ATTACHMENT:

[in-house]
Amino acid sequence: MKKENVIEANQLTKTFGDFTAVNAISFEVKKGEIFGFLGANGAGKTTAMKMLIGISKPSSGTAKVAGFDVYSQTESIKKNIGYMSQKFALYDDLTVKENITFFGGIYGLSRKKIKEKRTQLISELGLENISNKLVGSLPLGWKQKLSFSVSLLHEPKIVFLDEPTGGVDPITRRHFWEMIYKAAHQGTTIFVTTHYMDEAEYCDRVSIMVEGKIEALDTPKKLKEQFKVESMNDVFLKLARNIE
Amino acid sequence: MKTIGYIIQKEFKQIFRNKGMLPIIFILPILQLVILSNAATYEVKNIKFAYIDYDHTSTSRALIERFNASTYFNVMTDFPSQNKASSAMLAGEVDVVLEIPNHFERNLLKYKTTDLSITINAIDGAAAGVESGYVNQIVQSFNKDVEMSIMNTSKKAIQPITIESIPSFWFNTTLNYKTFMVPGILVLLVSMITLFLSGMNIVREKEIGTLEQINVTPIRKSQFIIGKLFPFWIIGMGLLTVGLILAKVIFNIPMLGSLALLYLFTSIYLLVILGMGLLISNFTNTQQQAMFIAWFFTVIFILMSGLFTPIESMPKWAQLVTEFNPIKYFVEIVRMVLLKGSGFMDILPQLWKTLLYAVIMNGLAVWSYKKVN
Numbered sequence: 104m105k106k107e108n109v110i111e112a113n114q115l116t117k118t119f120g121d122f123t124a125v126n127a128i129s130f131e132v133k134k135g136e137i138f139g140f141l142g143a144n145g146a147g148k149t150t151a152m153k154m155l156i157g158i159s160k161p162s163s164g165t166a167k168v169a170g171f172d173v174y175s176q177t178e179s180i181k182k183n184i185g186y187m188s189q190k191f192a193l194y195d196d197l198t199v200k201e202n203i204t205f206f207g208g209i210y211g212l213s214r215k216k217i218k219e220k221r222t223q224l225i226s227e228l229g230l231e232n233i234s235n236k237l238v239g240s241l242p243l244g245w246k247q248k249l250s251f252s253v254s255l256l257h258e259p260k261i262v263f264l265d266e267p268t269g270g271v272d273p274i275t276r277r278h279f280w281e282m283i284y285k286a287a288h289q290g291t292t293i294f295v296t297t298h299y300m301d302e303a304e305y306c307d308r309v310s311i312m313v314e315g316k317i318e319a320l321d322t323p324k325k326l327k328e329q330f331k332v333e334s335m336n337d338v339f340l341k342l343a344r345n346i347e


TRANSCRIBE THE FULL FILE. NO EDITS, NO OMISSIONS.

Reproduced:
[in-house]
Amino acid sequence: MKKENVIEANQLTKTFGDFTAVNAISFEVKKGEIFGFLGANGAGKTTAMKMLIGISKPSSGTAKVAGFDVYSQTESIKKNIGYMSQKFALYDDLTVKENITFFGGIYGLSRKKIKEKRTQLISELGLENISNKLVGSLPLGWKQKLSFSVSLLHEPKIVFLDEPTGGVDPITRRHFWEMIYKAAHQGTTIFVTTHYMDEAEYCDRVSIMVEGKIEALDTPKKLKEQFKVESMNDVFLKLARNIE
Amino acid sequence: MKTIGYIIQKEFKQIFRNKGMLPIIFILPILQLVILSNAATYEVKNIKFAYIDYDHTSTSRALIERFNASTYFNVMTDFPSQNKASSAMLAGEVDVVLEIPNHFERNLLKYKTTDLSITINAIDGAAAGVESGYVNQIVQSFNKDVEMSIMNTSKKAIQPITIESIPSFWFNTTLNYKTFMVPGILVLLVSMITLFLSGMNIVREKEIGTLEQINVTPIRKSQFIIGKLFPFWIIGMGLLTVGLILAKVIFNIPMLGSLALLYLFTSIYLLVILGMGLLISNFTNTQQQAMFIAWFFTVIFILMSGLFTPIESMPKWAQLVTEFNPIKYFVEIVRMVLLKGSGFMDILPQLWKTLLYAVIMNGLAVWSYKKVN
Numbered sequence: 104m105k106k107e108n109v110i111e112a113n114q115l116t117k118t119f120g121d122f123t124a125v126n127a128i129s130f131e132v133k134k135g136e137i138f139g140f141l142g143a144n145g146a147g148k149t150t151a152m153k154m155l156i157g158i159s160k161p162s163s164g165t166a167k168v169a170g171f172d173v174y175s176q177t178e179s180i181k182k183n184i185g186y187m188s189q190k191f192a193l194y195d196d197l198t199v200k201e202n203i204t205f206f207g208g209i210y211g212l213s214r215k216k217i218k219e220k221r222t223q224l225i226s227e228l229g230l231e232n233i234s235n236k237l238v239g240s241l242p243l244g245w246k247q248k249l250s251f252s253v254s255l256l257h258e259p260k261i262v263f264l265d266e267p268t269g270g271v272d273p274i275t276r277r278h279f280w281e282m283i284y285k286a287a288h289q290g291t292t293i294f295v296t297t298h299y300m301d302e303a304e305y306c307d308r309v310s311i312m313v314e315g316k317i318e319a320l321d322t323p324k325k326l327k328e329q330f331k332v333e334s335m336n337d338v339f340l341k342l343a344r345n346i347e